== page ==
“Equine Therapy” Offers Hope to Children in Distress


Hope Reigns

Hope Reins pairs kids experiencing crisis with trained mentors and rescued horses.

  Due to severe reductions to state-funded mental health services, it’s difficult for families to access the resources they need in order to provide distressed children with the healing they deserve. That’s where non-profit Hope Reins stepped up, providing over 2,500 kids who experienced severe trauma, abuse, or poverty with a safe refuge.

  The organization pairs kids and teens in acute life crises with a trained mentor and horse companion that will provide them with real hope and healing. Participants will experience 90-minute sessions with trained mentors and rescue horses, until they are ready to begin giving back to the farm through the “Kids Give Back” program.

 “Equine therapy” is different from other forms of therapy because horses can create healing bonds that allow the kids to develop a relationship where they won’t feel judged or like they need to meet certain expectations. Animals and humans can develop deep emotional connections with one another, especially when they share a similar story. 

  “[The horses] have special rescue stories that are similar to the stories of the kids we serve– which is a special initial connection point,” shares Schofield, “Horses are incredibly emotionally ‘in tune’ with others– and have a unique ability to reflect and mirror human emotions.”

  One of the horses, Ruka, is a Percheron Cross mare who endured severe neglect prior to her rescue by Hope Reins. Despite her difficult past, Ruka continues to connect to children and adapts her demeanor to fit their emotions.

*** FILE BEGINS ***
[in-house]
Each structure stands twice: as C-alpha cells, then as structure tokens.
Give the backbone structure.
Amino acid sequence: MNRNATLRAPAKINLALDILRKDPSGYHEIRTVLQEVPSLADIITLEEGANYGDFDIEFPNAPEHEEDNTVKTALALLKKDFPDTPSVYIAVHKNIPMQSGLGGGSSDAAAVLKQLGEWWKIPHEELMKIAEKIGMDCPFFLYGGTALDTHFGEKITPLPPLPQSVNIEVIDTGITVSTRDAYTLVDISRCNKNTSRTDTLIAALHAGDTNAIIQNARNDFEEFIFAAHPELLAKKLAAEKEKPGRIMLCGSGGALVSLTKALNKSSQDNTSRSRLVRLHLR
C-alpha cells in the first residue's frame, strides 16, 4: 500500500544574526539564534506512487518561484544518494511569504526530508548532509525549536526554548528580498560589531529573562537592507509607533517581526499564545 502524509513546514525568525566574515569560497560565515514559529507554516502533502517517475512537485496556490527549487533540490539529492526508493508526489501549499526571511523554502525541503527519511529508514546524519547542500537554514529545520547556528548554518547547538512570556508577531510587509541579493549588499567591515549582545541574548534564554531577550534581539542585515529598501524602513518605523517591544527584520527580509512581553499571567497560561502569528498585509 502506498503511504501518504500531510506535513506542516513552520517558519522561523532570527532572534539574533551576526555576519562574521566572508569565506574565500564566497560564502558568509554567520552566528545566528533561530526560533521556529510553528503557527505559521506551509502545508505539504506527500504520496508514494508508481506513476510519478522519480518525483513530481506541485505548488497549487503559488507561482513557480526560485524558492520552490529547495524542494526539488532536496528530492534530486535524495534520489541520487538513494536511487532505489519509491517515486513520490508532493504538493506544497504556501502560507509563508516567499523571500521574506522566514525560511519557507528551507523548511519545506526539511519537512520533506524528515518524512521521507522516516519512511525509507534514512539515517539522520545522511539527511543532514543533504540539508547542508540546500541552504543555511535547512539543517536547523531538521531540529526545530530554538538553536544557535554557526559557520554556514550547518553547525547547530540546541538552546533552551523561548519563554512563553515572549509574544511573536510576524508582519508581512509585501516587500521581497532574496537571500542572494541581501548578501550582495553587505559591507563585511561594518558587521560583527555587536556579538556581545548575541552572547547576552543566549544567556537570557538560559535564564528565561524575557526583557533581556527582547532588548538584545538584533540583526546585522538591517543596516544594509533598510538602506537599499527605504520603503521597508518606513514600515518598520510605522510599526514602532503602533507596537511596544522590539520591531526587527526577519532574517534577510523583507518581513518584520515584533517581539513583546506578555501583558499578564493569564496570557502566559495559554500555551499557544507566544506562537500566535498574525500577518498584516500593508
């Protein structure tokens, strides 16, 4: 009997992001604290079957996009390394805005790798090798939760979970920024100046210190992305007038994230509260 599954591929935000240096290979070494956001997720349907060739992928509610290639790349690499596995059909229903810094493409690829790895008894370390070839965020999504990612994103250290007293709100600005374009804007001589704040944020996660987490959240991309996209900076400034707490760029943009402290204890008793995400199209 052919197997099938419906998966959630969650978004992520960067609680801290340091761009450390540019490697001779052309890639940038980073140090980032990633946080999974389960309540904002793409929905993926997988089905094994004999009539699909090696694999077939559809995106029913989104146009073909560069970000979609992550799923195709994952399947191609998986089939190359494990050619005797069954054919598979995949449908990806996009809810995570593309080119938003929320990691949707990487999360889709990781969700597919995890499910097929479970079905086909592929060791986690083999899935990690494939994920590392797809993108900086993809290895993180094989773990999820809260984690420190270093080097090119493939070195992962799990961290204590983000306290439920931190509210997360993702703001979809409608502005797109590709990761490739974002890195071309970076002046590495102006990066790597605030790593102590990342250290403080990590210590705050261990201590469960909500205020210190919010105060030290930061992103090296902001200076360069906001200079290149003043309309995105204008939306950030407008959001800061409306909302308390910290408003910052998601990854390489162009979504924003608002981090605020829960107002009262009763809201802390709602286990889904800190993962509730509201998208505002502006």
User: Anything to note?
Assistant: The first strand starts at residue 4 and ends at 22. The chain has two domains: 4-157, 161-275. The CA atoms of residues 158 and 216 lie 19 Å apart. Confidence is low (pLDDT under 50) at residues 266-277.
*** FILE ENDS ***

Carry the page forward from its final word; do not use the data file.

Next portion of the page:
“Ruka’s amazing story of overcoming starvation and neglect to the point of being fully restored (physically and emotionally) is a huge source of Hope for kids,” reflects Hilary Schofield, Director of Programs at Hope Reins, “She’s the leader of her herd, so she reminds kids of their potential, regardless of their past!”

  The organization was founded in 2009 by Kim Tschirret, who experienced abuse as a child and found respite and comfort in her horse. “[Kim] wanted to share the Hope of Christ and the connection with horses, with other kids that might be struggling too. She started by building a small team of supporters, adopting a horse, and renting some property,” comments Schofield in regards to the founding story of Hope Reins.

  The ranch continues to expand its outreach every day. Hope Reins volunteer and aspiring author Jennifer Bleakley, published a novel titled “Joey: How a Blind Rescue Horse Helped Others to See”. The book documents the touching story of Joey, a past Appaloosa resident of the ranch that touched the lives and hearts of many people.

  “Animals and humans can develop deep emotional connections with one another and this can be great for recovering,” shares freshman Madison Gould when asked about what “Equine Therapy” means to her.

  The 33-acre ranch features two fishing ponds, a garden, hiking trails, and a log cabin, in addition to the 15 rescued horses. Hope Rein’s community will quickly become a kid’s “second home.”